Wednesday, 29 May 2019

Going Vegan | A Beginners Guide

vegan starter guide

Are you thinking of going vegan?


First of all, that's fantastic news. Now let me help you, because I've known of several people who have given up because they found it too hard.

Like any big changes in life, they come with their own hurdles for you to overcome. I went all in from day one when I became vegan, I watched a few videos beforehand, made the decision and the next time I went to the supermarket no animal products made it into my trolley. I do understand that that is a daunting task, and it's ok if you want to take smaller more manageable steps.

Where do I start if I want to go vegan?


Firstly decide if you a) want to go vegan or b) just plant based. What's the difference between vegan and plant based I hear you ask. Well my view point is that one is a dietary choice and one is a life style choice.

Being plant based means to eat a diet of plant foods without the addition of animal products, so starts and finishes with what you eat and drink.

Being vegan is much more than that, it's a lifestyle choice where you choose not to use any animal products in your life, which has a much broader effect on all aspects of your life. From food to cosmetics, fashion and everyday products, as well as events that involve animals.

Even if you decide you want to be vegan, it probably won't happen overnight and you'll have to transition in bite sized chunks, because it will probably mean changing pretty much every product you buy and use on a daily basis.



Step one for going vegan


Step one, lets start with food and drink. Write down a list of the things you eat on a daily basis, what do you usually have for breakfast, lunch and dinner? Then you can start writing down the easy swaps you can do to make it vegan.


Vegan breakfast


If your breakfast usually consists of toast or a bagel then continue as normal. Most bread products are vegan, but try and get into the habit of checking the ingredients as it's very easy to get caught out. I know I have in the past.

If you eat a bread product for breakfast then it's a simple as buying some vegan spread to replace the butter. If you use toppings like marmite, peanut butter or jam they will mostly be vegan friendly. Just don't forget that honey is a no-no.

Cereal or porridge is another easy one, porridge oats are vegan so all you need to do is replace cows milk with one of the many non dairy alternatives, and there are lots! If you like cereal be mindful that some will contain honey, dairy or milk chocolate. Some safe options are shreddies, cornflakes, rice krispies or frosties. 

They aren't lavish breakfast options but for the first couple of weeks don't try and change things up too much as you will make it unnecessarily difficult for yourself. Start small and work up to bigger and better things.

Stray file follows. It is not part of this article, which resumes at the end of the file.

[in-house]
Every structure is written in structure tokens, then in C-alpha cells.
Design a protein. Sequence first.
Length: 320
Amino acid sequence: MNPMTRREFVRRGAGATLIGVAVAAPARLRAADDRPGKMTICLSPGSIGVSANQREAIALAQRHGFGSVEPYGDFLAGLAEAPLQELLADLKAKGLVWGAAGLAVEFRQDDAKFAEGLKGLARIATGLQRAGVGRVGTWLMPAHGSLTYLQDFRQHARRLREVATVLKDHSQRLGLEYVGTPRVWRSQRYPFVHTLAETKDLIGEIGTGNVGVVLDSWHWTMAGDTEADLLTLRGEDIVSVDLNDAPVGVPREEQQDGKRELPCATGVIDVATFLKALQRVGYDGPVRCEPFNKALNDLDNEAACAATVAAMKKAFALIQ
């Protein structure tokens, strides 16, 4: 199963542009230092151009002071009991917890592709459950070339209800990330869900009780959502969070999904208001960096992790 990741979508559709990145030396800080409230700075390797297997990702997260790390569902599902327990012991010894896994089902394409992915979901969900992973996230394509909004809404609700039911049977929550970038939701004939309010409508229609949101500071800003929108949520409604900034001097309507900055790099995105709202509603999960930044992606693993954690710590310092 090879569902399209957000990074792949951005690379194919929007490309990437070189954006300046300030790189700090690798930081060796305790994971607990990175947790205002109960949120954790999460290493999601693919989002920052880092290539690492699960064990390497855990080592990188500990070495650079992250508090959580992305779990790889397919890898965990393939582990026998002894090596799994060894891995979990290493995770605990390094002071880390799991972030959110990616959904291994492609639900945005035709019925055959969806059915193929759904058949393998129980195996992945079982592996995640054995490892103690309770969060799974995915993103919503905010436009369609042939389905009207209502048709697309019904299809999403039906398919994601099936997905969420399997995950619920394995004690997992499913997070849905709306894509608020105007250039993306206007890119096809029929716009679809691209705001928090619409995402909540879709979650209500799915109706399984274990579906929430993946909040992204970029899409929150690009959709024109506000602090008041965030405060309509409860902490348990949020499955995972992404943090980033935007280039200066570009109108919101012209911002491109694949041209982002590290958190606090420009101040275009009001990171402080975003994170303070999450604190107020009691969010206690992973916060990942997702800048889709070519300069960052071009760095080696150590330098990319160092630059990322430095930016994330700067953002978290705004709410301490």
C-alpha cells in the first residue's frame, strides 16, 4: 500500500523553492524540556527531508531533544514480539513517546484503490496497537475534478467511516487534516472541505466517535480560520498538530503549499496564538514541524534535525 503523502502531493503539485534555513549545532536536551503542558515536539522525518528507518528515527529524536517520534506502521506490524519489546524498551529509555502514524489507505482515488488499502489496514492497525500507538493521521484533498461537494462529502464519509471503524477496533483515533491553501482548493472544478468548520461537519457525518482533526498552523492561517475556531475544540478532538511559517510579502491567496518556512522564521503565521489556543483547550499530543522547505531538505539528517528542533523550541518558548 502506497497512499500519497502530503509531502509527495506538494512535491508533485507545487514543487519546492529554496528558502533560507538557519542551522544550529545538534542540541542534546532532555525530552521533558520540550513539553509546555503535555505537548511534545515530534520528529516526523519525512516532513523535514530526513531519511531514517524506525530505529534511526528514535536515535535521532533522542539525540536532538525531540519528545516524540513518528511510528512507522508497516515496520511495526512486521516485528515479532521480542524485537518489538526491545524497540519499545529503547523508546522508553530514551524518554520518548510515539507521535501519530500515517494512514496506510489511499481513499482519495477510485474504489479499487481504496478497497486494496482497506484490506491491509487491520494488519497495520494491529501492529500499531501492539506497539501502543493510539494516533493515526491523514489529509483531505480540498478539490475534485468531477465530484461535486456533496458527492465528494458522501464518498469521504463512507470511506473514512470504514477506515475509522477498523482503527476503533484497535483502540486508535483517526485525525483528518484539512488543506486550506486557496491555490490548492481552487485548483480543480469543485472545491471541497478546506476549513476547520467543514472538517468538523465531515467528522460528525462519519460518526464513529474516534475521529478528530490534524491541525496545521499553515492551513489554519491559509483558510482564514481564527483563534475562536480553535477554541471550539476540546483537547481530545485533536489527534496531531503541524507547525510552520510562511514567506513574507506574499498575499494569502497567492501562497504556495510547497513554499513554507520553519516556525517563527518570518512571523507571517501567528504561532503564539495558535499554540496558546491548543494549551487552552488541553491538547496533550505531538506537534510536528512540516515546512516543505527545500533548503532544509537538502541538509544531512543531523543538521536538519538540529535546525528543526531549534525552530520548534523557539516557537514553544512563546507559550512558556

Vegan lunch


If you eat lunch away from home then you'll want food that is easily portable or things you can buy on the go. What's your go to lunch? A sandwich? Soup? Both really easy choices, if you make yourself a sandwich at home then start off with a couple of different fillings for your first week. I love houmous and salad in a wrap or roll, it's easy and quick to make which is just what you need so you don't feel overwhelmed with having to prep and cook lots of different items. Maybe go with some store bought falafel, they are great crumbled into a tortilla wrap with some lettuce and tomato, or else you can make a salad with falafel and houmous.

If you go out to buy lunch, Boots, Marks and Spencer, Pret, and Tesco all have a wide range of vegan options, from sandwiches and wraps to soups and ready meals.

Vegan dinner


Again lets keep it simple, jacket potatoes are an easy go to dinner for me. You could even cook more than one at a time and then you have them ready for another night or to take as lunch, then all you need to do is top off with some baked beans. Pasta is a great option, most store bought tomato based sauces are vegan and then you can just add in some extra veggies to bulk out the dish. Dried pasta is nearly always vegan but fresh pasta usually isn't so remember to check the label.

Is it expensive to be vegan?


No not at all, the basis of the vegan diet is actually quite cheap. Beans, rice, pasta, potatoes and lentils are all so economical. Like any diet though it can be as expensive as you want it to be, if you go into the supermarket and want to buy all the finest ready meals and posh products then of course it will cost you a pretty penny, but that would be the same regardless of whether you eat meat or not.

Transitioning to eating vegan may seem pricey at first because you will want to fill your cupboards with all the vegan staples in one go, which would cost a lot. But again this is no different to filling a kitchen from scratch no matter the diet because buying a range of sauces, stocks, spices etc will always be an outlay. That's why I'm not suggesting you do that, take it one week at a time, keep it simple and buy things slowly so it's spread out and then once you have the items you just top up as and when needed.

What if I don't want to do it all in one go?


Not a problem, if you want to transition slowly set yourself goals for the coming weeks. For instance maybe in week one you change over to only using non dairy milks and keep everything else the same. When you do your weekly shop just buy a couple of different plant based milks so you can find what you like best. 

Milk seems to be a very subjective topic amongst vegans, as everyone differs so greatly. I personally will only drink Alpro soya light in my tea because I used to only drink semi skimmed milk previously, so I don't want anything too rich and creamy in my cuppa. Other people aren't so keen on soya milk so choose to use oat milk or rice milk for instance. It's finding what suits you best for the uses you have for it. I buy unsweetened roasted almond milk for using in smoothies and porridge because it's low in calories and high in protein. Remember that most plant based milks are fortified with calcium, B12 and Vitamin D which means that you won't be missing out on those nutrients.

Week two could be changing over to using dairy free butter and yogurt in addition to the milks of week one, so now when you make your breakfast you have soya milk in your tea and vegan spread on your toast and a dairy free yogurt, and there you have it your first fully vegan meal!

Week three could be the week where you take out the meat, and week four you stop buying eggs. If you find it easier to do it over the course of a few weeks then by all means do it.